For women’s rights, conservation of biodiversity, and awareness for environmental protection, the J&K administration has launched a programme under which a sapling will be planted by a family, which gives birth to a girl child
Dowry-related deaths and domestic violence cases in Jammu and Kashmir have not come down even after the government and civil society took a slew of measures.
Despite involving religious leaders to the constant awareness programmes by the administration, the womenfolk of Jammu and Kashmir continue facing cruelties from their husbands.
The situation is such that there has been an increase of 10 per cent in the crime against women in Jammu and Kashmir. As per the National Crime Record Bureau, against 3,193 cases in 2019, the Union Territory recorded 3,515 cases of crime against women in 2020.
To fight against injustice with the women, the Jammu and Kashmir administration is embarking on a mission to celebrate the birth of a girl child.
With an aim of recognition of women’s rights, conservation of biodiversity and awareness for environmental protection, the administration has launched a new programme “one girl child one plant” under which a sapling will be planted by a family, which gives birth to a girl child.
The programme, as per the Jammu and Kashmir Forest Department, is being implemented in synergy with “One Beat Guard-One Village Programme”, which was initiated last year to increase the green cover in Jammu and Kashmir at village level.
Shaped under the guidance of Commissioner Secretary, Forest, Environment and Ecology, Jammu and Kashmir, Sanjeev Verma, the administration through this programme has asked the citizens of Jammu and Kashmir to plant poplars, conifers, and other fruit-producing trees, which have a high economic value.
“Since the lack of resources is the biggest challenge faced by a woman, having dedicated resources allotted for them will grant them some degree of financial security and enable them to pursue education and other goals,” says Irfan Ali Shah, Conservator of Forests, Kashmir, South Circle.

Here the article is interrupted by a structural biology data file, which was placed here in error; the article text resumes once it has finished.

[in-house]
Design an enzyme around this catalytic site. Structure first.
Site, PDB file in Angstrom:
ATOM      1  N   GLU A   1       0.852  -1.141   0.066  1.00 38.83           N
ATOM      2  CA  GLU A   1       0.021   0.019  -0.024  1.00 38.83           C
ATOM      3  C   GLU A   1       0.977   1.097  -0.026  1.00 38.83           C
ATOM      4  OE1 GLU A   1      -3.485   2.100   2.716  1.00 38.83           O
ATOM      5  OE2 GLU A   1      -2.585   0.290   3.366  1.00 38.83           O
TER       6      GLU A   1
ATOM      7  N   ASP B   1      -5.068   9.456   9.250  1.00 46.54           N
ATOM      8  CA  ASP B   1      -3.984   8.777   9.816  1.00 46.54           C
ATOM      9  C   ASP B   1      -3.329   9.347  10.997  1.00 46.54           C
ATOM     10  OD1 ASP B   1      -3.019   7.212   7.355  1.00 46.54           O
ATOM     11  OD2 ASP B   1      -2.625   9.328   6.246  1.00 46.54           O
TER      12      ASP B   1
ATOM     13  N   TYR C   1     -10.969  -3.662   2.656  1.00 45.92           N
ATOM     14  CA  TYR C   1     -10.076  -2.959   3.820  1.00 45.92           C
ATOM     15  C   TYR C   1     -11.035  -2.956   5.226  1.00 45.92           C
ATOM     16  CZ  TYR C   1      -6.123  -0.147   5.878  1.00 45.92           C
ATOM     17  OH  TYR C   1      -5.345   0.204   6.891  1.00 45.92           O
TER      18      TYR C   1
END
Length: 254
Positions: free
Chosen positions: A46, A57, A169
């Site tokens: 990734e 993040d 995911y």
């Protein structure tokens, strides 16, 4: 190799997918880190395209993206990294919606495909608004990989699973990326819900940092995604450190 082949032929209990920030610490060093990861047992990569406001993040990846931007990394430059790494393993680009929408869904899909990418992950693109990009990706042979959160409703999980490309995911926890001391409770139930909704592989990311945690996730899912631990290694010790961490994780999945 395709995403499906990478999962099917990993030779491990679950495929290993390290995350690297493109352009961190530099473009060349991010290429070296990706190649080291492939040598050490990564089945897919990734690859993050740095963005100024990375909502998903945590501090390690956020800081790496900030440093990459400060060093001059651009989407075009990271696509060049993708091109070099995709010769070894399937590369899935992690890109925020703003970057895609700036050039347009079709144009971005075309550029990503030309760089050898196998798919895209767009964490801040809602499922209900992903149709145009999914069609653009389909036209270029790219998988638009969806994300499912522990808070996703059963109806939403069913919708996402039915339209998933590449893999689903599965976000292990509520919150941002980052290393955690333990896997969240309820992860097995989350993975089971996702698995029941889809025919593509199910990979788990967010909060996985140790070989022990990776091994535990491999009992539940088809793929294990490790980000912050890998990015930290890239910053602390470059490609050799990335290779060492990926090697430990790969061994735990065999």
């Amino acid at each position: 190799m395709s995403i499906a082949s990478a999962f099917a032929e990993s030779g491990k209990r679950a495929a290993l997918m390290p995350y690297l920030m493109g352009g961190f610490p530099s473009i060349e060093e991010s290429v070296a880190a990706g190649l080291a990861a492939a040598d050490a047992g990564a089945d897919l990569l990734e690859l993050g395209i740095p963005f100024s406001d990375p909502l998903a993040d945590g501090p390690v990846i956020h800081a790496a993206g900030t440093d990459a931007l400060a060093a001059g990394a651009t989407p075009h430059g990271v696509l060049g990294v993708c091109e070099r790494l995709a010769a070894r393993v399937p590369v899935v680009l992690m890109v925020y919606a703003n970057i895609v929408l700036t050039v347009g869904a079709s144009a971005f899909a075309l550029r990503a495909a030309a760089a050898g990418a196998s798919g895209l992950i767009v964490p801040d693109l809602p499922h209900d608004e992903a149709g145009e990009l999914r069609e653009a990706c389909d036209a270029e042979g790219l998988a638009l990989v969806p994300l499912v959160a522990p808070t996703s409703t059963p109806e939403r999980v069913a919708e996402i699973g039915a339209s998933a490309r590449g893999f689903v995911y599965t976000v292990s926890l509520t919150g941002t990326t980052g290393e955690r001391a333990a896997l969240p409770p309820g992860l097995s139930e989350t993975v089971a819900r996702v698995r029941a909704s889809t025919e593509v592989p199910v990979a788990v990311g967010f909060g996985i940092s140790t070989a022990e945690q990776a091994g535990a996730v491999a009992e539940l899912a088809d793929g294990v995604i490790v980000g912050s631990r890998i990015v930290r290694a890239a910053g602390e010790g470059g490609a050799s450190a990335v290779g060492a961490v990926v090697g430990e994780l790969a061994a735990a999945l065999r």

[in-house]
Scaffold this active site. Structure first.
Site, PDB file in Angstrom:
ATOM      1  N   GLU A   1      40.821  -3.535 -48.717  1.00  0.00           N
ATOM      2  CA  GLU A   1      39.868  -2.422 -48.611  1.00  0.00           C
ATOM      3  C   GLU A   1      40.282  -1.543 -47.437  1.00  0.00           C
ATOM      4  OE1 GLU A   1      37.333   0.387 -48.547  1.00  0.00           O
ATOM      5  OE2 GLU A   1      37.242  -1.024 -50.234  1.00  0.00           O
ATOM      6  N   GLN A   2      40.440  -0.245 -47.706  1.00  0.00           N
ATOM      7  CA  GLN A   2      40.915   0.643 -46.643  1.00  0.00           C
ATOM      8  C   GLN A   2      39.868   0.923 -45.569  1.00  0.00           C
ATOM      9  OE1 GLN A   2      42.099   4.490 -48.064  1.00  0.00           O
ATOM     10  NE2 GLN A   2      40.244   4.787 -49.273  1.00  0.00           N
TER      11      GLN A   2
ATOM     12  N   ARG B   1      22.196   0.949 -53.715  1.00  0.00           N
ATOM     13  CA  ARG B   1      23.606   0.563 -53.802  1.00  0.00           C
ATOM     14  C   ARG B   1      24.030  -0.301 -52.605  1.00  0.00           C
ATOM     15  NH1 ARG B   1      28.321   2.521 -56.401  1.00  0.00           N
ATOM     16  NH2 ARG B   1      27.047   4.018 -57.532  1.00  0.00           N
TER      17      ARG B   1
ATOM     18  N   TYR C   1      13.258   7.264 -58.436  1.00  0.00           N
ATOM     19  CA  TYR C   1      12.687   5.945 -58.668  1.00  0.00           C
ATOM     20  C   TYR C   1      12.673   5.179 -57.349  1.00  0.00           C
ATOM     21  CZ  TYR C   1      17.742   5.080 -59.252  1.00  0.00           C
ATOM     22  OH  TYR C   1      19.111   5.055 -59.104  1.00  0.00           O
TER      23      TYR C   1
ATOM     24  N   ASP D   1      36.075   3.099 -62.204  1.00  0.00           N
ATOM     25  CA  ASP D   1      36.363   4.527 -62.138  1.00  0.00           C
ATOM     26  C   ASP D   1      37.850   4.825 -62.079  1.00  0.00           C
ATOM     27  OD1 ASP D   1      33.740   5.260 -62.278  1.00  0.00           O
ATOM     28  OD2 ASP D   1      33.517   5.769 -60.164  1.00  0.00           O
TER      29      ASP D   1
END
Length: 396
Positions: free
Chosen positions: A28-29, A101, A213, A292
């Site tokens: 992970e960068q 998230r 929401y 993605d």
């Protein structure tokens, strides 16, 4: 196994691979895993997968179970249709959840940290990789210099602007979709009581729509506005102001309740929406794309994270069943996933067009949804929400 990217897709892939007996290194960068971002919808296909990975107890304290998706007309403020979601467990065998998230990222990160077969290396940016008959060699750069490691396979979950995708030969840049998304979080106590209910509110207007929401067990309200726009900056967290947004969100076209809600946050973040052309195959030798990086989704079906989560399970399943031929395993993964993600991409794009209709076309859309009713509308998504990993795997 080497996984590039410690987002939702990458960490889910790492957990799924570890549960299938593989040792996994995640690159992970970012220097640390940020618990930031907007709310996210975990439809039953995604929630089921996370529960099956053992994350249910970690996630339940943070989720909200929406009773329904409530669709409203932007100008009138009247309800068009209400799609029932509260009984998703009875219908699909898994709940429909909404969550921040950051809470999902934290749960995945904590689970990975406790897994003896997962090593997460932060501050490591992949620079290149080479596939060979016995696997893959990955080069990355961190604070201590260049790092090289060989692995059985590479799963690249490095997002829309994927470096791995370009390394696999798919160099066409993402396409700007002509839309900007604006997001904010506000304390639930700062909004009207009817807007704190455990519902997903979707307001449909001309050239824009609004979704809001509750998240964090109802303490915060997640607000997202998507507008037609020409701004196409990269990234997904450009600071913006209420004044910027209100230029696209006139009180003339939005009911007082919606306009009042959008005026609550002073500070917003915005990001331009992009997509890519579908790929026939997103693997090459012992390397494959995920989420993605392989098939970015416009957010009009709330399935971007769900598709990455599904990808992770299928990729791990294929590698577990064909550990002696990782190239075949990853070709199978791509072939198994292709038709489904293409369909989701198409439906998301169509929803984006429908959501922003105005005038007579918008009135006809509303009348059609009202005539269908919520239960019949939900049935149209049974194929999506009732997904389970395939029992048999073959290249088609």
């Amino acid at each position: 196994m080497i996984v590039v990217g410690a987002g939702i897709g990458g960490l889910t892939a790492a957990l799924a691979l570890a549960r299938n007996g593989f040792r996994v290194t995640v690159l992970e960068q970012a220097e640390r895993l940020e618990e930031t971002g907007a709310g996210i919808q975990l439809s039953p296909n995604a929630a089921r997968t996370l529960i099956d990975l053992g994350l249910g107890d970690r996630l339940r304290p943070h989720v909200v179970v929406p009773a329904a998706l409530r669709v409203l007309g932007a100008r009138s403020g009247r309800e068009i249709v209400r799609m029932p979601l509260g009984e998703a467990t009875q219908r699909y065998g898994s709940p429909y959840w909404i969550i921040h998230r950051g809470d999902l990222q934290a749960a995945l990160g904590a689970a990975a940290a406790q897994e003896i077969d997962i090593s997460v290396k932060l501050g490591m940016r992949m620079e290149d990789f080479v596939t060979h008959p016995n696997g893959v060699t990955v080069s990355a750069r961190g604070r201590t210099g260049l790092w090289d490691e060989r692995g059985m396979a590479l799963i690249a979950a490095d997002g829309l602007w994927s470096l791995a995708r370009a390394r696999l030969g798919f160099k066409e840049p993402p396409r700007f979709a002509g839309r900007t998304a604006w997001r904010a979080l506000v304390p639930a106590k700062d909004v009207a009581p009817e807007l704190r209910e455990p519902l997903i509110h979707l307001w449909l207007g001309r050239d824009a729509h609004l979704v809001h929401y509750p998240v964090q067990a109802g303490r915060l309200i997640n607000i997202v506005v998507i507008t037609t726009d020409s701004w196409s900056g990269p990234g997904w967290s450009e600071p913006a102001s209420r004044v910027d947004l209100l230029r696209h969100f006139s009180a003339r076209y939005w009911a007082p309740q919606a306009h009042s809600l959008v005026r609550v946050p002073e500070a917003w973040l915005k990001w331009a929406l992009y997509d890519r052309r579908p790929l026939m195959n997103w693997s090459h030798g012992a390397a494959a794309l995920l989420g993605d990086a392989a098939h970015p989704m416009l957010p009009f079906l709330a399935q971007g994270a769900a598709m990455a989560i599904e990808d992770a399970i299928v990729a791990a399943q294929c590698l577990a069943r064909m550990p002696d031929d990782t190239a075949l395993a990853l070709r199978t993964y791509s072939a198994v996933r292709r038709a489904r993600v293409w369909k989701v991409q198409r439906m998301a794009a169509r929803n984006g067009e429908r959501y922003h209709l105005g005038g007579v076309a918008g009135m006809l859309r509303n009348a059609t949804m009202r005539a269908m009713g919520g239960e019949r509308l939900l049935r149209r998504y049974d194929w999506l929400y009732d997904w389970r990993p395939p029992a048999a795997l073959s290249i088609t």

Under this programme, the sale proceeds from the trees will go into a fixed deposit of the girl. “Once the female attains the marriageable age, the same money can be used through various girl-child schemes,” Shah says.
The forest department has asked the families to plant the trees in the village land, orchard, or a boundary near the house. “A full-fledged strategy has been planned for the programme. The government plans to create awareness among the present and future generations about the rights of daughters while at the same time contributing to the environment of the region,” Shah says.
Implementation of the programme
Twenty-nine-year-old Aarifa, an Anganwadi worker, has been an avid environment volunteer during her schooling.
Now when the administration has started a mission to uplift women and conserve forests, she is all set to ensure its implementation in her jurisdiction.
“It should be the responsibility of every human to conserve mother nature. I have already informed people to ensure planting a sapling on every birth of a girl child,” she says.
The administration has decided to involve Anganwadis and Asha workers to implement the programme.
According to the strategy chalked out by the forest department, an Asha or Anganwadi worker will inform the concerned panchayat about the birth of a girl child. The panchayat secretary will inform the concerned Beat guard who will provide sapling and technical assistance to the family to plant the saplings. “The beat guard shall monitor the sapling growth and will provide assistance in case of disease or mortality. He will keep records of the activity,” Shah says.